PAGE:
- make sure that the woman can say confidently when she wants the man to stop thrusting
- make sure the woman gets extra lube during intercourse if she needs more to continue enjoying lovemaking
- make sure the man can talk about his fears, frustration, and sadness or any other emotions
- make sure the woman can voice her feelings
That is a very basic level of communication – but it is needed to ensure DE doesn’t cause a major rift in your relationship.
And of course better communication about the man’s sexual problem will remove the pressure from both partners and may prevent major disagreements arising.
*The good news is, most men get massive improvements from my self-help program at home.*
You can achieve the greatest success when both you and your partner are involved in the cure or solution, and you are both willing to explore any underlying emotional issues which are reinforcing the difficulties you’re having reaching the point of orgasm and ejaculation.
By the way, at the moment there are no drugs which can be used to increase the speed with which a man achieves climax.
Sidebar: find out more about how porn can cause DE and other sexual problems here.
What Does Sex Mean For You?
Most people think of sex as foreplay, penetration, and thrusting, followed by the man being carried away on a surge of increasing sexual arousal with little or no discrimination about the point at which he ejaculates.
And whether the woman likes it or not, when the man ejaculates, sexual intercourse is usually finished for them both.
This can be deeply unsatisfying – both physically and emotionally – for the woman.
For one thing, she may not be physically pleasured or emotionally fulfilled, and she’s almost certainly not had an orgasm.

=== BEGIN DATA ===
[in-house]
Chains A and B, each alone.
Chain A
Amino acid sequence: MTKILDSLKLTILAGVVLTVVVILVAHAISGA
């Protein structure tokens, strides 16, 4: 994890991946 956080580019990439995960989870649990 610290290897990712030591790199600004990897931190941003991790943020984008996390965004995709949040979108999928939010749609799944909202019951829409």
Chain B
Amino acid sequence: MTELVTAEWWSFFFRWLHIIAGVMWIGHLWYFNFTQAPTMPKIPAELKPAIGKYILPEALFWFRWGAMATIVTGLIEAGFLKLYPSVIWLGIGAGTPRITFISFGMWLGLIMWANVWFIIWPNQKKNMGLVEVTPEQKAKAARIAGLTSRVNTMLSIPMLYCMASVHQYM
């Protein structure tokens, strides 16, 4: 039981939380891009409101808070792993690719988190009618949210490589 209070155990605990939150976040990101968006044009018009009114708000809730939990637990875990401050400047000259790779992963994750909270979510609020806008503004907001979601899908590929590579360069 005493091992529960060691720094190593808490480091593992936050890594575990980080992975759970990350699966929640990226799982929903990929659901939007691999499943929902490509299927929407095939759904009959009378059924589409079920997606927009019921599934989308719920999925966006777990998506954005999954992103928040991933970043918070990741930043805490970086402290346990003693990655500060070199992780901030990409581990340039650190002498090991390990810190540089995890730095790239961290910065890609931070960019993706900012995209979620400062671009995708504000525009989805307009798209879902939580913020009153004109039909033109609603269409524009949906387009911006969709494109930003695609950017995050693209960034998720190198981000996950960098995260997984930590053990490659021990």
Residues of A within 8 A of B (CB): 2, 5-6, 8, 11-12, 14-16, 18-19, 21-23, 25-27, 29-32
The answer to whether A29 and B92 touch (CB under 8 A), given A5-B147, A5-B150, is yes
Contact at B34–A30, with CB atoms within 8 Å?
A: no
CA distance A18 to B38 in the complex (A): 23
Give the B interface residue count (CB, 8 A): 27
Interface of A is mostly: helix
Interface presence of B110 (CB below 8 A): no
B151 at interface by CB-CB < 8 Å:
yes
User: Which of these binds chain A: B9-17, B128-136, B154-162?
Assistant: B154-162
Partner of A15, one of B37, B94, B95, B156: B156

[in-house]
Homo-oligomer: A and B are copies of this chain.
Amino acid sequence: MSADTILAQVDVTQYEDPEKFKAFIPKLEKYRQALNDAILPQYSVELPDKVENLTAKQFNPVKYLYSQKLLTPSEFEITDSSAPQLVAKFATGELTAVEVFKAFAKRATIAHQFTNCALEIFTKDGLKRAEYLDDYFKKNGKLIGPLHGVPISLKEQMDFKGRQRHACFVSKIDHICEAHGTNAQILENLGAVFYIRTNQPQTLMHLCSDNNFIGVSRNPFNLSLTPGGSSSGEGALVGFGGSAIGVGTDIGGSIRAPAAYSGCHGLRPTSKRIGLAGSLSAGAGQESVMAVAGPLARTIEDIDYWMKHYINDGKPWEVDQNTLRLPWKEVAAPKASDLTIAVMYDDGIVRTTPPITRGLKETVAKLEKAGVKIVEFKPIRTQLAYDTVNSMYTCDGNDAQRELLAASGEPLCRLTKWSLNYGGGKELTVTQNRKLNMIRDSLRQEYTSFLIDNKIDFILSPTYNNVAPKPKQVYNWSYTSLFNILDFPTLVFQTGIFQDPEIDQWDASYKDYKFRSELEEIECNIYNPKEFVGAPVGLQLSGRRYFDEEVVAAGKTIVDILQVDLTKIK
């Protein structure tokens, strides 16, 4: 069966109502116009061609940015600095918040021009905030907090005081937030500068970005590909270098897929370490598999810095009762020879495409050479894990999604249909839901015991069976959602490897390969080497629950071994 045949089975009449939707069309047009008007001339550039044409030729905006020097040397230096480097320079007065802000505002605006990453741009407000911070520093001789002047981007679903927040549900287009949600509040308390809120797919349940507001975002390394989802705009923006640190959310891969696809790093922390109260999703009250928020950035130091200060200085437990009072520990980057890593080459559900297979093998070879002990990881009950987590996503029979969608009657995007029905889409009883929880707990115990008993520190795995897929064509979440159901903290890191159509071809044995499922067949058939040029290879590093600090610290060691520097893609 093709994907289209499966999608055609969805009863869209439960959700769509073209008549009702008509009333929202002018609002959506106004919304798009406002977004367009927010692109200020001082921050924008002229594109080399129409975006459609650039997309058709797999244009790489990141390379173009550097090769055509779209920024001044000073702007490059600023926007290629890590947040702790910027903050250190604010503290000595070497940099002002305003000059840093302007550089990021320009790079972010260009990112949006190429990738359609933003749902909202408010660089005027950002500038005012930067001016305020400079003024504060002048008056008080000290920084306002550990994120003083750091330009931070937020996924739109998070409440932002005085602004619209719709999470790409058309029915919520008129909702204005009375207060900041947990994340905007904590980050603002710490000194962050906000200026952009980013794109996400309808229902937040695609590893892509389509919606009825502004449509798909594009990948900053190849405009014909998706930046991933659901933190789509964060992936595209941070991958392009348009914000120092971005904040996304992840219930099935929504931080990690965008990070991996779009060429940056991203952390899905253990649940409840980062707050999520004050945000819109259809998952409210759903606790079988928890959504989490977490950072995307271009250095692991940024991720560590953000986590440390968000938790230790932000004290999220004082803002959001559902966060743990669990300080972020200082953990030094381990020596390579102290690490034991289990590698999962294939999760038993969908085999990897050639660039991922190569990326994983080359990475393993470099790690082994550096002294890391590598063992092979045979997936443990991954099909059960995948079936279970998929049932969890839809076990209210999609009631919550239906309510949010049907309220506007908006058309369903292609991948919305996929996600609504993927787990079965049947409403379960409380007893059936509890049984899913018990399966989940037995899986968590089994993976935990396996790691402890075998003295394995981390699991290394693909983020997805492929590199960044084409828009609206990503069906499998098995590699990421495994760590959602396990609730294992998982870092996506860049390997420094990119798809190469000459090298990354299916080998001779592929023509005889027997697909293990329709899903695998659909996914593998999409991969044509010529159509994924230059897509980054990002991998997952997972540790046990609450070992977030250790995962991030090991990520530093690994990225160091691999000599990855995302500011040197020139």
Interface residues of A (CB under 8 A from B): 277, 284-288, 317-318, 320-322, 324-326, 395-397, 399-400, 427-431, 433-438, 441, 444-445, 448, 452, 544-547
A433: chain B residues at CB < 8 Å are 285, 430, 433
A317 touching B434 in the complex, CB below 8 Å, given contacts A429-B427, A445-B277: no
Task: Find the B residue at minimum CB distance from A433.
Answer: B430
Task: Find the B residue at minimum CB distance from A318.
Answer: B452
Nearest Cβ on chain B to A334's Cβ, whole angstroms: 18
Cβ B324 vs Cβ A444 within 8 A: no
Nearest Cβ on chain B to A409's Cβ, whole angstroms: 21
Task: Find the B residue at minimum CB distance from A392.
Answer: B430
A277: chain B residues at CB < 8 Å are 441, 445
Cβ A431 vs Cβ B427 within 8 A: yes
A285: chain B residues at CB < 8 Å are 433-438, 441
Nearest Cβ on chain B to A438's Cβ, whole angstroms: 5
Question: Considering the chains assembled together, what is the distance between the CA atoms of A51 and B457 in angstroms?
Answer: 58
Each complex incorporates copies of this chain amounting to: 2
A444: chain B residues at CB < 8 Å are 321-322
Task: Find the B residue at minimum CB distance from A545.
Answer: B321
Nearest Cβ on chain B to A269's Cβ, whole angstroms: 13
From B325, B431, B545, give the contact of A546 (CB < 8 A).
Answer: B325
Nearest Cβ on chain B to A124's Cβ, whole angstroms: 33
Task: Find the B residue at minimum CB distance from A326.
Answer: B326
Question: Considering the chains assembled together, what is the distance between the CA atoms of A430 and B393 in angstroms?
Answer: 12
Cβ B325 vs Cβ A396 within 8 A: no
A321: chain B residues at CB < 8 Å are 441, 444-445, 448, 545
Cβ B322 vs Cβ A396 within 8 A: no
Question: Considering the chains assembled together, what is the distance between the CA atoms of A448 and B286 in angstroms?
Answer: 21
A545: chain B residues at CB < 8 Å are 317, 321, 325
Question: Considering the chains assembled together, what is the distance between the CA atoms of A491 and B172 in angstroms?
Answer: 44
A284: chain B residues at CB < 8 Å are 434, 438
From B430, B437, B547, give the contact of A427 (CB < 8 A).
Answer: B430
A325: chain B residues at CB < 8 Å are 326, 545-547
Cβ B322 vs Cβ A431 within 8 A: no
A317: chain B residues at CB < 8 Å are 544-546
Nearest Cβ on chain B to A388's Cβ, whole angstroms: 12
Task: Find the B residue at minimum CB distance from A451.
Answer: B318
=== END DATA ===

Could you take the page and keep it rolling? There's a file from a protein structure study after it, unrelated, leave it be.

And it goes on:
So the end of intercourse produces an emotional break, a separation, from her partner.
Most women see the physical and emotional connection of lovemaking as important – as a sign of her love for her man.
So intercourse ending when the man achieves orgasm is considered normal, but can be upsetting for the woman.
Equally, for the man, his prescribed role as a lover tends to be more dominant, while she is more passive and yielding. And while most couples might prefer things to be different, the man usually doesn’t have much control over when he comes, and he’s grateful for any pleasure he gets and/or is able to give his partner.
But sex can be much better than this when the length, intensity, and pleasure of intercourse give the man a feeling of satisfaction and masculine power, and the woman enough stimulation to feel fulfilled and “satisfied”.
And if the man can choose when to “release”, and has control over the timing of his orgasm, then both partners tend to feel much happier.
Especially the woman, because intercourse will involve satisfying physical contact and emotional connection with her partner. And maybe even an orgasm.
And it’s true that some women find long lasting vaginal intercourse produces a deeply satisfying G spot or vaginal orgasm, which is a profoundly different experience to a clitoral orgasm.
But for most couples, delayed ejaculation is a problem. You can click here to get an effective treatment.
*Two good research summaries which you may find helpful are a piece in Sandra Leiblum’s book Principles and Practice of Sex Therapy, and a piece on the Treatment Of Retarded Ejaculation in the Handbook of Sexual and Gender Identity Disorders by David Rowland and Luca Incrocci, published in 2008.
*Delayed ejaculation treatment is conventionally regarded as quite complex, requiring the skilled work of systemic, psychodynamic, and cognitive behavioral therapists. As we shall see, that is not true.